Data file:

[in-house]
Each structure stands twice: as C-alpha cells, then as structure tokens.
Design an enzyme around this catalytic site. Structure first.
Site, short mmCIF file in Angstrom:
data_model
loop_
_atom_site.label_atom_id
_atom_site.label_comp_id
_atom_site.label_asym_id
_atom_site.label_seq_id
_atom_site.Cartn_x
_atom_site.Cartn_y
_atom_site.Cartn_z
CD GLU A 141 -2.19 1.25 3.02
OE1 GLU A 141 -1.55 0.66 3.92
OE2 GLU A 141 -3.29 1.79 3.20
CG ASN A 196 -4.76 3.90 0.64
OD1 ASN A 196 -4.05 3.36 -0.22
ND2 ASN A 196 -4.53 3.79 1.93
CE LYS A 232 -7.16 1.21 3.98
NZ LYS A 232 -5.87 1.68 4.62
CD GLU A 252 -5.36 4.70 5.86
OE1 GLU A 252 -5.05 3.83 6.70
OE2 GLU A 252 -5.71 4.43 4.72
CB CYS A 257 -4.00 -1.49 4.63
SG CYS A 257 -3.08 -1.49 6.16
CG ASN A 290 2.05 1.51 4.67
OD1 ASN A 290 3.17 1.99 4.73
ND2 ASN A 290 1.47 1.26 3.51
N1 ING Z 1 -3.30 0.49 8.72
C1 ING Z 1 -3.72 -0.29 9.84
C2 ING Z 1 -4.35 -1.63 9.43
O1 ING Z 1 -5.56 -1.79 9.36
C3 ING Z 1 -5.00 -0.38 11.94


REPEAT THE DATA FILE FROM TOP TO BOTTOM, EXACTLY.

[in-house]
Each structure stands twice: as C-alpha cells, then as structure tokens.
Design an enzyme around this catalytic site. Structure first.
Site, short mmCIF file in Angstrom:
data_model
loop_
_atom_site.label_atom_id
_atom_site.label_comp_id
_atom_site.label_asym_id
_atom_site.label_seq_id
_atom_site.Cartn_x
_atom_site.Cartn_y
_atom_site.Cartn_z
CD GLU A 141 -2.19 1.25 3.02
OE1 GLU A 141 -1.55 0.66 3.92
OE2 GLU A 141 -3.29 1.79 3.20
CG ASN A 196 -4.76 3.90 0.64
OD1 ASN A 196 -4.05 3.36 -0.22
ND2 ASN A 196 -4.53 3.79 1.93
CE LYS A 232 -7.16 1.21 3.98
NZ LYS A 232 -5.87 1.68 4.62
CD GLU A 252 -5.36 4.70 5.86
OE1 GLU A 252 -5.05 3.83 6.70
OE2 GLU A 252 -5.71 4.43 4.72
CB CYS A 257 -4.00 -1.49 4.63
SG CYS A 257 -3.08 -1.49 6.16
CG ASN A 290 2.05 1.51 4.67
OD1 ASN A 290 3.17 1.99 4.73
ND2 ASN A 290 1.47 1.26 3.51
N1 ING Z 1 -3.30 0.49 8.72
C1 ING Z 1 -3.72 -0.29 9.84
C2 ING Z 1 -4.35 -1.63 9.43
O1 ING Z 1 -5.56 -1.79 9.36
C3 ING Z 1 -5.00 -0.38 11.94